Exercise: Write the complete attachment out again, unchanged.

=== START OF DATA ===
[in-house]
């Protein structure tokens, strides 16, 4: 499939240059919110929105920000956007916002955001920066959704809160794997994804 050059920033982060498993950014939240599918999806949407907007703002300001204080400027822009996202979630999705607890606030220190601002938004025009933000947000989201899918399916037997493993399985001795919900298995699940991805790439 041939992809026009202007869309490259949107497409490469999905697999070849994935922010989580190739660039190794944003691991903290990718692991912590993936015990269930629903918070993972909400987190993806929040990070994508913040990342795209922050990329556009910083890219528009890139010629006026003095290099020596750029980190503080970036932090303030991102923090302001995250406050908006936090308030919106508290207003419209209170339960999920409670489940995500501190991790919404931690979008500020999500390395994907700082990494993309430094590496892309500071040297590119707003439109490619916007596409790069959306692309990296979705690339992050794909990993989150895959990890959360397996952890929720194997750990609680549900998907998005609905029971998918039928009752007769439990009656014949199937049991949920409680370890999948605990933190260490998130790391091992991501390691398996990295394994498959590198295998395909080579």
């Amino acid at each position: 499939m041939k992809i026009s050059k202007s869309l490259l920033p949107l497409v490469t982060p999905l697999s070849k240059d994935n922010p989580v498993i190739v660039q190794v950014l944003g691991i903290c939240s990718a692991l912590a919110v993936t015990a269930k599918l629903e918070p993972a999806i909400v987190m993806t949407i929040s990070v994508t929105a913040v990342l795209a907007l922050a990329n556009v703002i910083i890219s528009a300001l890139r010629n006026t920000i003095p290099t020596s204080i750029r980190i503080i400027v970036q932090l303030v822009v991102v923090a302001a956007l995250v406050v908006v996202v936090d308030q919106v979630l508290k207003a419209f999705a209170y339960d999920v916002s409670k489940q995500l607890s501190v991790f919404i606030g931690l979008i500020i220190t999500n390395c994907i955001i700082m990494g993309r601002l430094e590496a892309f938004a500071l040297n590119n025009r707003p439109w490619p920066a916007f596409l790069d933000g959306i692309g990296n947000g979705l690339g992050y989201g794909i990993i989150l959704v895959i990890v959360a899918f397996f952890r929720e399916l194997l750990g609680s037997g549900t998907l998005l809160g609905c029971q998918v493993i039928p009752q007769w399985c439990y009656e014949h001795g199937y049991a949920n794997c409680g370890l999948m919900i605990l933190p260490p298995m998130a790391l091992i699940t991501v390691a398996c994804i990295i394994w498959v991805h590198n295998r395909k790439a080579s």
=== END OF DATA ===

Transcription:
[in-house]
């Protein structure tokens, strides 16, 4: 499939240059919110929105920000956007916002955001920066959704809160794997994804 050059920033982060498993950014939240599918999806949407907007703002300001204080400027822009996202979630999705607890606030220190601002938004025009933000947000989201899918399916037997493993399985001795919900298995699940991805790439 041939992809026009202007869309490259949107497409490469999905697999070849994935922010989580190739660039190794944003691991903290990718692991912590993936015990269930629903918070993972909400987190993806929040990070994508913040990342795209922050990329556009910083890219528009890139010629006026003095290099020596750029980190503080970036932090303030991102923090302001995250406050908006936090308030919106508290207003419209209170339960999920409670489940995500501190991790919404931690979008500020999500390395994907700082990494993309430094590496892309500071040297590119707003439109490619916007596409790069959306692309990296979705690339992050794909990993989150895959990890959360397996952890929720194997750990609680549900998907998005609905029971998918039928009752007769439990009656014949199937049991949920409680370890999948605990933190260490998130790391091992991501390691398996990295394994498959590198295998395909080579």
């Amino acid at each position: 499939m041939k992809i026009s050059k202007s869309l490259l920033p949107l497409v490469t982060p999905l697999s070849k240059d994935n922010p989580v498993i190739v660039q190794v950014l944003g691991i903290c939240s990718a692991l912590a919110v993936t015990a269930k599918l629903e918070p993972a999806i909400v987190m993806t949407i929040s990070v994508t929105a913040v990342l795209a907007l922050a990329n556009v703002i910083i890219s528009a300001l890139r010629n006026t920000i003095p290099t020596s204080i750029r980190i503080i400027v970036q932090l303030v822009v991102v923090a302001a956007l995250v406050v908006v996202v936090d308030q919106v979630l508290k207003a419209f999705a209170y339960d999920v916002s409670k489940q995500l607890s501190v991790f919404i606030g931690l979008i500020i220190t999500n390395c994907i955001i700082m990494g993309r601002l430094e590496a892309f938004a500071l040297n590119n025009r707003p439109w490619p920066a916007f596409l790069d933000g959306i692309g990296n947000g979705l690339g992050y989201g794909i990993i989150l959704v895959i990890v959360a899918f397996f952890r929720e399916l194997l750990g609680s037997g549900t998907l998005l809160g609905c029971q998918v493993i039928p009752q007769w399985c439990y009656e014949h001795g199937y049991a949920n794997c409680g370890l999948m919900i605990l933190p260490p298995m998130a790391l091992i699940t991501v390691a398996c994804i990295i394994w498959v991805h590198n295998r395909k790439a080579s």